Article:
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Raksha Bandhan

 Raksha Bandhan
The Hindu festival of Raksha Bandhan, also known as Rakhi and Rakhi Purnima, celebrates the relationship of brother and sister. It is celebrated all across India. Besides Hindus, followers of Jainism also observe it.

Time of Celebration
According to Hindu calendar, Raksha Bandhan is observed on the full Moon day, i.e. Shravan Purnima of the month of Shravan. According to Georgian calendar, it usually falls in the month of August.

The tradition of observing this festival is in presence since time immemorial. As opposed to prevalent beliefs in Hindu religion, tying of Rakhi across anyone’s wrists is one’s representation of faith for the other person. It also communicates for the need to get protected. There have been many references all across the history which conveys that a Rakhi can also be tied by a wife, a daughter, or a mother. However, in the present time, it is only confined to be tied by one’s sister only. Over a period of time, there have been several legends which have time and again confirmed and strengthened the significance as hold by this festival.

1. The custom of Rakhi is abided during the morning time, when sun rises considerably up to the sky. Sister wakes up early, takes a bath, and prepares a Pooja Thali (plate prepared for worship). As a part of it, a Rakhi, diya (lamp), roli, uncooked rice, and sweets are placed in it. Then, both brother and sister stand in forth of Lord and pray them for overall wellbeing and happiness. It is followed with the ritual of tying Rakhi.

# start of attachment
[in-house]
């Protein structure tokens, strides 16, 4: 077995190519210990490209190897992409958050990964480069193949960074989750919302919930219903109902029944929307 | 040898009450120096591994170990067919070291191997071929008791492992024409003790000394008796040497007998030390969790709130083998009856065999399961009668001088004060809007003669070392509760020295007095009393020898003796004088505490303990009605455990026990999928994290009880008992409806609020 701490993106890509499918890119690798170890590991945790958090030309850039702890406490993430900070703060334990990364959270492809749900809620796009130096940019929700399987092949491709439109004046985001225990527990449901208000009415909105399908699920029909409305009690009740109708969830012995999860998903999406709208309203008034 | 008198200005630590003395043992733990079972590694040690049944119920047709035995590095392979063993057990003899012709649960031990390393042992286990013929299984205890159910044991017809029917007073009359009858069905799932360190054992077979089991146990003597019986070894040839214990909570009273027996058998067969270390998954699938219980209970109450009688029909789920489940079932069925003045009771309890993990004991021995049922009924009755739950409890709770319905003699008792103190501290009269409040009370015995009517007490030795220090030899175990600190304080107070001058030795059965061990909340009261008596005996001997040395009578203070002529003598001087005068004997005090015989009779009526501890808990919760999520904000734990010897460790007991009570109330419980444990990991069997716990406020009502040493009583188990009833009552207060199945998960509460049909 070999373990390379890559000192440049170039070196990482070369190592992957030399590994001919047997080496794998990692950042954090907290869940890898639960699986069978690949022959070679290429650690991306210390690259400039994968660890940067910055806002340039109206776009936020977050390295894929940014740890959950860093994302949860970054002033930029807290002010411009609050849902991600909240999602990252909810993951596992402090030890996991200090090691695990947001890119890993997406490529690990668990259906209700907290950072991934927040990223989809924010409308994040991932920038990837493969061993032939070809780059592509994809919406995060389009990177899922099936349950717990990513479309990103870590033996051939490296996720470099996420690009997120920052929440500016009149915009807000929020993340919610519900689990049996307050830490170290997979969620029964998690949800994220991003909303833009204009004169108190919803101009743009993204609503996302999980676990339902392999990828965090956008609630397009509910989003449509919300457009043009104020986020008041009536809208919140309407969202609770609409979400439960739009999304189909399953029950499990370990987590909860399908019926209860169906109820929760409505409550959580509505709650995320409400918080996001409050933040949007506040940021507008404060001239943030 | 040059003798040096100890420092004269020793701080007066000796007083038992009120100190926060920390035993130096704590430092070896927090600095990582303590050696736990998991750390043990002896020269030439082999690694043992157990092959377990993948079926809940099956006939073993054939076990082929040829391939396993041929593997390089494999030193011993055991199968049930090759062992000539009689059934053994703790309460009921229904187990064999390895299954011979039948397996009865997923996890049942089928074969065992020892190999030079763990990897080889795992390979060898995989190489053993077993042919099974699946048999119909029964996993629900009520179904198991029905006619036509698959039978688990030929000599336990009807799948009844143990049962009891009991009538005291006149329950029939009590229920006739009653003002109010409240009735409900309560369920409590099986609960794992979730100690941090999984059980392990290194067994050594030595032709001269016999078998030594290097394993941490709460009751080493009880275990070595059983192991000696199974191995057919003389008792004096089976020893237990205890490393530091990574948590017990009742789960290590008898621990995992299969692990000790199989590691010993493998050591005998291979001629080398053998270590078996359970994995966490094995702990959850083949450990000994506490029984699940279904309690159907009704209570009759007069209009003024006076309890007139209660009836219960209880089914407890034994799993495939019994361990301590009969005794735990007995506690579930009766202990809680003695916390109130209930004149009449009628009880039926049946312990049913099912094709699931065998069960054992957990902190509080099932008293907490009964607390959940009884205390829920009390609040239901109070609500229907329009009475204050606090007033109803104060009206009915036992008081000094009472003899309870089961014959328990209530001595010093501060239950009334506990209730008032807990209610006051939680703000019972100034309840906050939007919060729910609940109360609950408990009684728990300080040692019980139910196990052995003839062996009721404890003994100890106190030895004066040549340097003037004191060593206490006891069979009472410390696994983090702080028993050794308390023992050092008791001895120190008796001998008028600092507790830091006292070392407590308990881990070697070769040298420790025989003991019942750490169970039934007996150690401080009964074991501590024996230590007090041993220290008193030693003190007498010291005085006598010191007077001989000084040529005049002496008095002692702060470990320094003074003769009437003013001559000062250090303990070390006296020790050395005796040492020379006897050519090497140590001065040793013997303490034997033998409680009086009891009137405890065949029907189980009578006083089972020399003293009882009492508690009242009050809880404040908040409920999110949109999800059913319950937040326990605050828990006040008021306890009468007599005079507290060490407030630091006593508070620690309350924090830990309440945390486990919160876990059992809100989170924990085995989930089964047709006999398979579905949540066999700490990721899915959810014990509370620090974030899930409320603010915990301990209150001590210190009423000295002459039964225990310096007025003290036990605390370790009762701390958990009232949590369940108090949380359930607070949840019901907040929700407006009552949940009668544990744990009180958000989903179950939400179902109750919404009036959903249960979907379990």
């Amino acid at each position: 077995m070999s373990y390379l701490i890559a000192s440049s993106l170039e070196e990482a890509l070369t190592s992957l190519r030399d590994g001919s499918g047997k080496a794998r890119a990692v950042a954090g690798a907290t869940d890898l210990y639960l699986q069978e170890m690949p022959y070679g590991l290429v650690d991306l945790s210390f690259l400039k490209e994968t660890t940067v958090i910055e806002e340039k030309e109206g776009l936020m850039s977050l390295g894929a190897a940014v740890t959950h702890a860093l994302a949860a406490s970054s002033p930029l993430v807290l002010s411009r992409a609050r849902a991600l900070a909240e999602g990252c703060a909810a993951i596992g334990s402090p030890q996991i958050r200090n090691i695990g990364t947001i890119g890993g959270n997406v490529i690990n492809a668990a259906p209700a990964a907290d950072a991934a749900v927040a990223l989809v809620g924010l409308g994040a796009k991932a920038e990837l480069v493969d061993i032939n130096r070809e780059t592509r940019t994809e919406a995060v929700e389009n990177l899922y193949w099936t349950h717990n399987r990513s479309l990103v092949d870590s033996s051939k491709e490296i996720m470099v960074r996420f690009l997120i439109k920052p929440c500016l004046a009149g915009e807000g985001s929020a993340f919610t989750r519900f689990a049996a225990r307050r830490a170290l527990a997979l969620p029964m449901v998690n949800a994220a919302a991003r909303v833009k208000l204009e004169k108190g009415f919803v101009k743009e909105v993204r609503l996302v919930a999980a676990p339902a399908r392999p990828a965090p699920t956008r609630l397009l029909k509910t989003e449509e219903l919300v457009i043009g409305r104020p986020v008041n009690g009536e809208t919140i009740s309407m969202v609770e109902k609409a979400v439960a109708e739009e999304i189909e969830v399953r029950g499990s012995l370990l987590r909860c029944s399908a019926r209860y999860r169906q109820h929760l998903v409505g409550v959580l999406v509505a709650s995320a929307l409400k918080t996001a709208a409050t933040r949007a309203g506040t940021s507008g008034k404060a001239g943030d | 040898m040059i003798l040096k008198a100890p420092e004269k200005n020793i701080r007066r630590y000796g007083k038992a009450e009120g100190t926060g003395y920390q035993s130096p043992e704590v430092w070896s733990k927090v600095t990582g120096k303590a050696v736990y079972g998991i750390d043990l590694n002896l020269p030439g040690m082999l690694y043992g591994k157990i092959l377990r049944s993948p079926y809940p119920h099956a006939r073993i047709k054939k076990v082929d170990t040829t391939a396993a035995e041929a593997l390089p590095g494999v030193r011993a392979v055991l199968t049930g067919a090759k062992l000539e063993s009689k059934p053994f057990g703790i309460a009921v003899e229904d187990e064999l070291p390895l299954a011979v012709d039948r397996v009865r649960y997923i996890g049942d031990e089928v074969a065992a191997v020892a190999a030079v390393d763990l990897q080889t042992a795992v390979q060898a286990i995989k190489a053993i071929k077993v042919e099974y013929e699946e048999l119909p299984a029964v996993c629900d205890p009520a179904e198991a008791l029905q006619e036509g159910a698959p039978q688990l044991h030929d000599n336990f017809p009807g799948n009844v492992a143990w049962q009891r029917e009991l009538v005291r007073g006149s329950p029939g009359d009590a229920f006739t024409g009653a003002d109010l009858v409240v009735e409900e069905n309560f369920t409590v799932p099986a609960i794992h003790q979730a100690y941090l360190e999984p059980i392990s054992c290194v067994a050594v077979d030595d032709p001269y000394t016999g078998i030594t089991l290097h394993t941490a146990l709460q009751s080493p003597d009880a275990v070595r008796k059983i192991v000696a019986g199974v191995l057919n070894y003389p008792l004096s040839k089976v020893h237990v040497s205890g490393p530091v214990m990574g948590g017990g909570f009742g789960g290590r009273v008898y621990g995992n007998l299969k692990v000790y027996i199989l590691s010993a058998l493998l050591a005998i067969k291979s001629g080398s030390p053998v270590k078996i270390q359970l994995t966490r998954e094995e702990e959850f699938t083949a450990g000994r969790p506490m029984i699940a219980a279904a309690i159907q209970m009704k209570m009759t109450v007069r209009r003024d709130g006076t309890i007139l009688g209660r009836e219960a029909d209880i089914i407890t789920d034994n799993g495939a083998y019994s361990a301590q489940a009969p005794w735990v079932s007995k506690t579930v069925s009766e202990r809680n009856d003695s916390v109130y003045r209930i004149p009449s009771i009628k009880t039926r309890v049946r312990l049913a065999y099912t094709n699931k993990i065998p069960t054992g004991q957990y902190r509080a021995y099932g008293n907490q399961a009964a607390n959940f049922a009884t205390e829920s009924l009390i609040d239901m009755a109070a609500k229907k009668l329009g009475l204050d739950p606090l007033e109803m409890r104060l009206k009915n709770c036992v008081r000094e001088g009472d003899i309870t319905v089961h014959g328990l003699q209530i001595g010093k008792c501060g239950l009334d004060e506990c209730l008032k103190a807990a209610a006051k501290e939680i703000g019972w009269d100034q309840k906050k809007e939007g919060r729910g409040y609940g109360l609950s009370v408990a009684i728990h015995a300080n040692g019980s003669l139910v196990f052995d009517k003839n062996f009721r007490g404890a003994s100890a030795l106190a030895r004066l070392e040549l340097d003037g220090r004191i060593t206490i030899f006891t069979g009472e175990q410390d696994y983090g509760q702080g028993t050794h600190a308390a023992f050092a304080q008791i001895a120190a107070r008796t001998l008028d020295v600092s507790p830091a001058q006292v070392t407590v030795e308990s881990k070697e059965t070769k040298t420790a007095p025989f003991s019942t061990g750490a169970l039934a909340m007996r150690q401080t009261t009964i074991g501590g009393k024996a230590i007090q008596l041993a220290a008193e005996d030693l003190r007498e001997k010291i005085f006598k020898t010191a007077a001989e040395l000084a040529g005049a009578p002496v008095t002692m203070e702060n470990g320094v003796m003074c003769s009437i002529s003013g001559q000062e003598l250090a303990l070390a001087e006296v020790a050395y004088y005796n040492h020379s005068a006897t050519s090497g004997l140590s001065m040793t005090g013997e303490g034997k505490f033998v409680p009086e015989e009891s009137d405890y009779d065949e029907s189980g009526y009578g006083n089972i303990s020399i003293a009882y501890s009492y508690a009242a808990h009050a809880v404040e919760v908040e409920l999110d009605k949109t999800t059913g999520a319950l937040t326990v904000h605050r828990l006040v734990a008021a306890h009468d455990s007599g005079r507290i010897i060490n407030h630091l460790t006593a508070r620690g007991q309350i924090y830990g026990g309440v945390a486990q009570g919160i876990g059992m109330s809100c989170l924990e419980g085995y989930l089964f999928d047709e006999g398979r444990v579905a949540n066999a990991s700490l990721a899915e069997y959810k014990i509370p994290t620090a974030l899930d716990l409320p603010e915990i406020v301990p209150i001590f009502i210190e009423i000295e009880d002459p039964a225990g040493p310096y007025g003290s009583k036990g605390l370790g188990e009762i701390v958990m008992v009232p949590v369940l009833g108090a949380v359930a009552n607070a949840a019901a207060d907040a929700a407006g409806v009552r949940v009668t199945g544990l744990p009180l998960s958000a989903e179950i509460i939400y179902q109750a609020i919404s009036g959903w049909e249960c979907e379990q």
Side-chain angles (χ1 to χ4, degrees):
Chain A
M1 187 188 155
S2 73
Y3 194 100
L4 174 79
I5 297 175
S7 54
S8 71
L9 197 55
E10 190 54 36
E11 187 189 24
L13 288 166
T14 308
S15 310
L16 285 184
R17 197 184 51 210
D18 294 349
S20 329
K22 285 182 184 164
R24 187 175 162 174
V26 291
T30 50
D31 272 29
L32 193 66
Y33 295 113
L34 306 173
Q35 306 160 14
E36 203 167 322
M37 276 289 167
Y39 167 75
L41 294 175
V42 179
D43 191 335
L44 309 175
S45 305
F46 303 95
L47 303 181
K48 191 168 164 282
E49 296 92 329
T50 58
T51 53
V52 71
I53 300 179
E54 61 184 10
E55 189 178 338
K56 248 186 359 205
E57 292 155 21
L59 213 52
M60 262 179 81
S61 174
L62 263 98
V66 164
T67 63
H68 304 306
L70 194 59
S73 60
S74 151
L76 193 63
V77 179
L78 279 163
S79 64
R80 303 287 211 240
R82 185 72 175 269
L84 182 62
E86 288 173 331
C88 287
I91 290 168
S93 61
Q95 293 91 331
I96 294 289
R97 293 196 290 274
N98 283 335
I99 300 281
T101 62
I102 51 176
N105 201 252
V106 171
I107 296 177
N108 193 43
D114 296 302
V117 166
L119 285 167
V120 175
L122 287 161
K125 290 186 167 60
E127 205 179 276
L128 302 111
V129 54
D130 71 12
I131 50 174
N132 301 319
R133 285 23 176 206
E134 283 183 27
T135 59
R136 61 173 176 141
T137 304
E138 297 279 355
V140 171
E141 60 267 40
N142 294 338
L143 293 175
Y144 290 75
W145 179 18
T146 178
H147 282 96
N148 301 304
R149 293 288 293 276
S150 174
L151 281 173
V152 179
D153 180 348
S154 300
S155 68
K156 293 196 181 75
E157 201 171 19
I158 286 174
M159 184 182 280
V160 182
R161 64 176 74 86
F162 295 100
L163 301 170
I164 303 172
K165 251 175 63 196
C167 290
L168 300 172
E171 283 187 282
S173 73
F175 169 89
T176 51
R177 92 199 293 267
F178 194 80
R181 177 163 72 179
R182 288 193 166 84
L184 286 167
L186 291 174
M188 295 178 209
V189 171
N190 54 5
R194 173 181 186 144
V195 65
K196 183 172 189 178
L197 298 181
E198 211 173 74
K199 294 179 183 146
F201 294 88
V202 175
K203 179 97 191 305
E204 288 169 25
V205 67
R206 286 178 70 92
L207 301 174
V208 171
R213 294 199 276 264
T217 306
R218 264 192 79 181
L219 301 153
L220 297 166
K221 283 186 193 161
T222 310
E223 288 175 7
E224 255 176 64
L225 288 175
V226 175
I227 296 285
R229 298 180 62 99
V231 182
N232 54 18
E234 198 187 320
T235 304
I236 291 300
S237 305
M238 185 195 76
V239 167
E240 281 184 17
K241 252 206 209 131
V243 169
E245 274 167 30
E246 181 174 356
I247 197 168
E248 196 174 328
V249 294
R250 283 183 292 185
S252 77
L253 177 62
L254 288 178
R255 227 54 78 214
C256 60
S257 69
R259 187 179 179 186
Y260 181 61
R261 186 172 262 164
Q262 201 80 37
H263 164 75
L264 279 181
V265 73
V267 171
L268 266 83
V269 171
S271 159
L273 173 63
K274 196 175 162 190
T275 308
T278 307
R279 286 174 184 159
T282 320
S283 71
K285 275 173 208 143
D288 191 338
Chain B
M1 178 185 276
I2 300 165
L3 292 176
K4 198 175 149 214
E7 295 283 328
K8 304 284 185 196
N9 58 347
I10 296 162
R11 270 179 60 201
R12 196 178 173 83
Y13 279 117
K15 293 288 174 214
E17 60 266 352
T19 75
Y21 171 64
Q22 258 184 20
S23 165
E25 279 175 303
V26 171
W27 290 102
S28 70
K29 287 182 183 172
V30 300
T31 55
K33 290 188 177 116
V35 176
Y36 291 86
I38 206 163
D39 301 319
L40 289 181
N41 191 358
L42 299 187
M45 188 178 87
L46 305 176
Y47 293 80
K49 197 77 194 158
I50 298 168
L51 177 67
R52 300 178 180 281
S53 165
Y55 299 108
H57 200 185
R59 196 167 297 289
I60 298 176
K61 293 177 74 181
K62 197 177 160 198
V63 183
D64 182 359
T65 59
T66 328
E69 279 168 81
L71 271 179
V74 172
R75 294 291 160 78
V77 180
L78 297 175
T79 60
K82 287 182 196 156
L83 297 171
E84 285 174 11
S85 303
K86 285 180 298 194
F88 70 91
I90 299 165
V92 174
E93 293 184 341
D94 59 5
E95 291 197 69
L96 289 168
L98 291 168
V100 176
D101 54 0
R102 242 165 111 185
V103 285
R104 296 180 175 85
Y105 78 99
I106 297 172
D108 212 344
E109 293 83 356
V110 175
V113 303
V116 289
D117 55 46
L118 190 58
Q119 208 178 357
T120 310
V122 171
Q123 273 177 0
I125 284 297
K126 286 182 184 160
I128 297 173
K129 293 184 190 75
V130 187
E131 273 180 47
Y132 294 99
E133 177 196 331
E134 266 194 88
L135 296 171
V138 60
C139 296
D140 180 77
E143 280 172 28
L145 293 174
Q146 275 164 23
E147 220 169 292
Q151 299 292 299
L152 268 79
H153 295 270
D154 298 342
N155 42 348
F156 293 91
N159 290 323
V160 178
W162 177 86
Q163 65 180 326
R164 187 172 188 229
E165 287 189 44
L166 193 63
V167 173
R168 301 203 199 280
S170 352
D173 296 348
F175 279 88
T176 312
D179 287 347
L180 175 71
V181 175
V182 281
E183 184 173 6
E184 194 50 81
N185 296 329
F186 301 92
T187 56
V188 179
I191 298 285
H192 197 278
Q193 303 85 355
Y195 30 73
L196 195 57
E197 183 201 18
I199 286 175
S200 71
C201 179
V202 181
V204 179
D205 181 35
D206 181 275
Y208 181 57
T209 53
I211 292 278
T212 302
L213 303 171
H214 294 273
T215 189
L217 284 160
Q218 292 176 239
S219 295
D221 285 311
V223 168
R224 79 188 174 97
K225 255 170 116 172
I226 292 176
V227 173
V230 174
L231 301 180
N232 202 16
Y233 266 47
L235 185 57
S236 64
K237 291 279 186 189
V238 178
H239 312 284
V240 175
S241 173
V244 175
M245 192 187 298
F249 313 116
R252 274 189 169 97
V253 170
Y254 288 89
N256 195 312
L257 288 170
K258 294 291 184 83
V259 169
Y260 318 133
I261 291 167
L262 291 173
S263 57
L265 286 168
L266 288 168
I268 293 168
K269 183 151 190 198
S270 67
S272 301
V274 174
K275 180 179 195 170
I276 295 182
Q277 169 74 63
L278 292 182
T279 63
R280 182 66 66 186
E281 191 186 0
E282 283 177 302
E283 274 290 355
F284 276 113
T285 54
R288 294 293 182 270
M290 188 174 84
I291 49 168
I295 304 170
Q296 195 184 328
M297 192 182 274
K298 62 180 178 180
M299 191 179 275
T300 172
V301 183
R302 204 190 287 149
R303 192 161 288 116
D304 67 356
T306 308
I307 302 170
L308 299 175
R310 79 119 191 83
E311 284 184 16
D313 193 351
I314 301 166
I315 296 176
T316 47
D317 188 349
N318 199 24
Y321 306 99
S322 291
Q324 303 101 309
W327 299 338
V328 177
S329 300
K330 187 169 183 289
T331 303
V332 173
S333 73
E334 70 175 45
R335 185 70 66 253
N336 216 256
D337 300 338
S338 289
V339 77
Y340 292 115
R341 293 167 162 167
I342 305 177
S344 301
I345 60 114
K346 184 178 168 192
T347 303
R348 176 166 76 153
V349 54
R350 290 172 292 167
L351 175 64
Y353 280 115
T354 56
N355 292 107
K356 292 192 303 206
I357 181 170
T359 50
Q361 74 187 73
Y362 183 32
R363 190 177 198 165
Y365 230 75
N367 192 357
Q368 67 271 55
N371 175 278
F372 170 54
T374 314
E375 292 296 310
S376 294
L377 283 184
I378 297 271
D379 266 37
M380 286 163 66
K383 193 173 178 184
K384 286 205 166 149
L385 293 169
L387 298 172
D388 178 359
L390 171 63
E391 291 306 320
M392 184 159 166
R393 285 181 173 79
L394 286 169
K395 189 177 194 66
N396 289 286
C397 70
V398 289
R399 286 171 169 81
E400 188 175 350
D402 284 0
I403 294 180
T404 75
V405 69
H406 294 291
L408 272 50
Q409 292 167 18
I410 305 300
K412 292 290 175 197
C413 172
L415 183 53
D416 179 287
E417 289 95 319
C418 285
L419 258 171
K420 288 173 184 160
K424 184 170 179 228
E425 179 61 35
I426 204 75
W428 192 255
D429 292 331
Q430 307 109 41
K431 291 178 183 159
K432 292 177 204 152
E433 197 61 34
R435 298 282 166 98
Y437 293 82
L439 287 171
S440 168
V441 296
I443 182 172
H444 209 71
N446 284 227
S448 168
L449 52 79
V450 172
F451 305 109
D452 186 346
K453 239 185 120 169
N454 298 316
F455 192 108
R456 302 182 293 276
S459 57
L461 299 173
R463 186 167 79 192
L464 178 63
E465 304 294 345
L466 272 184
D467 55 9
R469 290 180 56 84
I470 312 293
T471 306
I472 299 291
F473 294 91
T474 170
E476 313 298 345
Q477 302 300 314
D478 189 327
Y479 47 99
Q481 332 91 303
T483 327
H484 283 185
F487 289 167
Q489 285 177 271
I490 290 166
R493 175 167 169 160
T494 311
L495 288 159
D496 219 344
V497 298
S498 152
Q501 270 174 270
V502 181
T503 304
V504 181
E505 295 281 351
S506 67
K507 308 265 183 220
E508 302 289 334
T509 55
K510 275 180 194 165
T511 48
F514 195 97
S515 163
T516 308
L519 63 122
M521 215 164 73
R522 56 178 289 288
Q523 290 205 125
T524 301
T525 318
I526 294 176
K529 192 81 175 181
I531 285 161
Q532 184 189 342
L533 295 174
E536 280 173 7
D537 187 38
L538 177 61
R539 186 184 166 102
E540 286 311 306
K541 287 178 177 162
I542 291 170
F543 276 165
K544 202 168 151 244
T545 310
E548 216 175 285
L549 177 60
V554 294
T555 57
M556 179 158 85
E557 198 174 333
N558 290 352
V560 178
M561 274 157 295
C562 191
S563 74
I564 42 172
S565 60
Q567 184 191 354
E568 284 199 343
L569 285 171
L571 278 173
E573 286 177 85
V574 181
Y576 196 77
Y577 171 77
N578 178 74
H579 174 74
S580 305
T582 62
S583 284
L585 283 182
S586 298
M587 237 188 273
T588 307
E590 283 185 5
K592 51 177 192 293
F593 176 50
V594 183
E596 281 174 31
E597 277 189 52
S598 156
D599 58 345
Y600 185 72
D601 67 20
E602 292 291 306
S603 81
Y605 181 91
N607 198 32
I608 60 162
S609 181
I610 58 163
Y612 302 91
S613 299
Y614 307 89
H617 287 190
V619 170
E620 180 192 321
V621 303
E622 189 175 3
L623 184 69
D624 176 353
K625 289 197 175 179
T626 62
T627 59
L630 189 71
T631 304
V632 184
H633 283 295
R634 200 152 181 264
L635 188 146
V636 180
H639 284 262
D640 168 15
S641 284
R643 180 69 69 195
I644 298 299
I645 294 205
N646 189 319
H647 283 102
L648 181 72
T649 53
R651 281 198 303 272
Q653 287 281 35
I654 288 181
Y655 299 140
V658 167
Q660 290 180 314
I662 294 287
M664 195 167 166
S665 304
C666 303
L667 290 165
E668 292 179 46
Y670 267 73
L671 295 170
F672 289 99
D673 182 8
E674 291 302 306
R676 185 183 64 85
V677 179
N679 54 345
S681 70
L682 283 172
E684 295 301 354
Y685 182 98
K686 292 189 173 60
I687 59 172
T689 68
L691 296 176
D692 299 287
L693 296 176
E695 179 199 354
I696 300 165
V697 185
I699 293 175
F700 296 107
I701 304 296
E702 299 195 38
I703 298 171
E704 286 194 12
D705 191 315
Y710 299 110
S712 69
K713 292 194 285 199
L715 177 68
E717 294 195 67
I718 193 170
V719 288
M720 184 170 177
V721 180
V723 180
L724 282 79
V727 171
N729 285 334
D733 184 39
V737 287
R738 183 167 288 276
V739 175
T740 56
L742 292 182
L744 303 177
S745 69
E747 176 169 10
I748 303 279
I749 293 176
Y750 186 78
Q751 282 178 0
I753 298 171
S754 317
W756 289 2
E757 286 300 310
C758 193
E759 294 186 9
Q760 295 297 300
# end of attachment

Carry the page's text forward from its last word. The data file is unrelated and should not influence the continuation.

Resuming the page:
2. The fundamental ritual associated with this festival requires a sister to tie a sacred thread (referred as Rakhi) across his brother’s wrist. After that, sister apply roli and put rice on her brother’s forehead, perform Aarti by swinging lamp around his face, and make him eat sweet in the end. Brother on his part also make his sister eat sweets.

3. ‘Raksha’ means protection and ‘Bandhan’ means ‘bounden’. The festival with the same name is about bounding brother with the responsibility of protection of sister from all sorts of troubles in life and keeping her happy all the time. On part of sister, this is a way of conveying her love for brother and her blessings for his overall wellbeing and success in life. On part of brother, this is a way of accepting the responsibility of safeguarding his sister from all sorts of problems all her life. In the end, brother confers his sister with gifts.

4. During the time of this festival, markets decorate themselves in full gleam reflecting the festive mood of the time. Varied forms of Rakhi, right from a very simple and basic thread to the very extravagantly embellished one, are on offer. Ideally, they all are made up of silk with gold or silver-coloured threads.

5. Similar to what most other festivals ask for, Raksha Bandhan is also one occasion to bring everyone in the family together and make them celebrate the essence of the day by singing, dancing, and eating special dishes prepared for the day. While celebrating this festival of togetherness and love, people also exchanges gifts with close family members.

6. However, not everyone is lucky enough to have their brother or sister around them to celebrate it. In such instances, a sister usually sends out a mail along with a Rakhi and sweets to his brother, wherever he is

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